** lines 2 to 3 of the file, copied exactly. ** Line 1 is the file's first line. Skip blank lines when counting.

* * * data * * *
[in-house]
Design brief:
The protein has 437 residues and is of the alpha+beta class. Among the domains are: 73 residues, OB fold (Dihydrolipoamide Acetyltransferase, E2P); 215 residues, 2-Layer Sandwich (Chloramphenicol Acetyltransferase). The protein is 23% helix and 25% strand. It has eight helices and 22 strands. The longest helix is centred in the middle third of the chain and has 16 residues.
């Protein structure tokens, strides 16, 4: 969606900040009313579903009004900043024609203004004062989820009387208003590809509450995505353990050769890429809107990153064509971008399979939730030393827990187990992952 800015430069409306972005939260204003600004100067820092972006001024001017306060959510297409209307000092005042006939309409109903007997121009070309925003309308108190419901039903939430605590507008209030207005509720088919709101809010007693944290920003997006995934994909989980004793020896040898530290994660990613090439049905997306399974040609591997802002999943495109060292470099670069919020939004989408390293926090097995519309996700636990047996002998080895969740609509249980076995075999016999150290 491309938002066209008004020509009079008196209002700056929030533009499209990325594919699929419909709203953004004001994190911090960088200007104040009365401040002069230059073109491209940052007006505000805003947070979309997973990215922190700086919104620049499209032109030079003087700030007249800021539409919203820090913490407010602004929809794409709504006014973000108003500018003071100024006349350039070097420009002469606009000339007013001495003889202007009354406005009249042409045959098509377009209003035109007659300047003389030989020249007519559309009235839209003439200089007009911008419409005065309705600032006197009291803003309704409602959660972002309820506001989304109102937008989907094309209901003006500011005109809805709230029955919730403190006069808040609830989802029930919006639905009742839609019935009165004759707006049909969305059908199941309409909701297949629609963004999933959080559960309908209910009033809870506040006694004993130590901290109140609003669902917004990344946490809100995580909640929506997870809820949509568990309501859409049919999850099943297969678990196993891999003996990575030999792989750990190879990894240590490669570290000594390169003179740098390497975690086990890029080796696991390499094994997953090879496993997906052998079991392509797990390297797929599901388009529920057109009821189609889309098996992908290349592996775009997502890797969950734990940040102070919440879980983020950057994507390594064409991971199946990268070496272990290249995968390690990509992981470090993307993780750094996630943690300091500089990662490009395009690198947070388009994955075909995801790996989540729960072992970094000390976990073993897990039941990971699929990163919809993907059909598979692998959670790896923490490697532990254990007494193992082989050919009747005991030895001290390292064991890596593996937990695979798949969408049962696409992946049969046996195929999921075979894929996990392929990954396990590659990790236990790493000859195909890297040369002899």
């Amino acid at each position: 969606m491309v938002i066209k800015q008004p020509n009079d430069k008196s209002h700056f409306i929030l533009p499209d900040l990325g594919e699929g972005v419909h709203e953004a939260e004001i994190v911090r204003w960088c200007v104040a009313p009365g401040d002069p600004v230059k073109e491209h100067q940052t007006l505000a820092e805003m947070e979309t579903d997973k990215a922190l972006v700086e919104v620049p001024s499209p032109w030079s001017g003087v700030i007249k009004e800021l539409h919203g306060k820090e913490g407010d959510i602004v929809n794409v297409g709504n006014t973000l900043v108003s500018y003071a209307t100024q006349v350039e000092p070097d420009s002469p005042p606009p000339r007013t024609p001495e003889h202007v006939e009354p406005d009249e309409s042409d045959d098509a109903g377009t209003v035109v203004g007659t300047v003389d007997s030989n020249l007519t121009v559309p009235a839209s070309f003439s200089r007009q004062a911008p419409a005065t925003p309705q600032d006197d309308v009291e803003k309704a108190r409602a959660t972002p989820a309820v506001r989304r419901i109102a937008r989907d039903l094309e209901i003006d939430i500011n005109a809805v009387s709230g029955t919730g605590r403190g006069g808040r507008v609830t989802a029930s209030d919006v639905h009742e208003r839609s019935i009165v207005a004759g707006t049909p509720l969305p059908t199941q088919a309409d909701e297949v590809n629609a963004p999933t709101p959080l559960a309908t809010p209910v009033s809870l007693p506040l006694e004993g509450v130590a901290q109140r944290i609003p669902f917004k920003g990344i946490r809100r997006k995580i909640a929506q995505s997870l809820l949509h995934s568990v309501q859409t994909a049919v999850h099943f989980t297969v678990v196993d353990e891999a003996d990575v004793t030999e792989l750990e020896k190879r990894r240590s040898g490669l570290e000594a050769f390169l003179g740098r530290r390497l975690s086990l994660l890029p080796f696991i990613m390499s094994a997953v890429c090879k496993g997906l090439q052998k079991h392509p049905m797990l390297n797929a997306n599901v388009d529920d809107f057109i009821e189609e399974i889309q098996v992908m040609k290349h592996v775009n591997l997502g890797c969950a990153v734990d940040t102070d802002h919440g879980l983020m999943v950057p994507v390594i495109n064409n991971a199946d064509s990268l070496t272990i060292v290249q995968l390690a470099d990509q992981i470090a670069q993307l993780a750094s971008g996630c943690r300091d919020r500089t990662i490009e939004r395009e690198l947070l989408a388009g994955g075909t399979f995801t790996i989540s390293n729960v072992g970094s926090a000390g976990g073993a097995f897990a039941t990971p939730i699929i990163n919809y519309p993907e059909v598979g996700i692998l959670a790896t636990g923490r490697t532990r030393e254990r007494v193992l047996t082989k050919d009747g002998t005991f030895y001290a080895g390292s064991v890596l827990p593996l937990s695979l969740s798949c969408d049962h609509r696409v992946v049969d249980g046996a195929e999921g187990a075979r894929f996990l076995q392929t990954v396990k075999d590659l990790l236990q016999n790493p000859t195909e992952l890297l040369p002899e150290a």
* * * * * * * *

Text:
Design brief:
The protein has 437 residues and is of the alpha+beta class. Among the domains are: 73 residues, OB fold (Dihydrolipoamide Acetyltransferase, E2P); 215 residues, 2-Layer Sandwich (Chloramphenicol Acetyltransferase). The protein is 23% helix and 25% strand. It has eight helices and 22 strands. The longest helix is centred in the middle third of the chain and has 16 residues.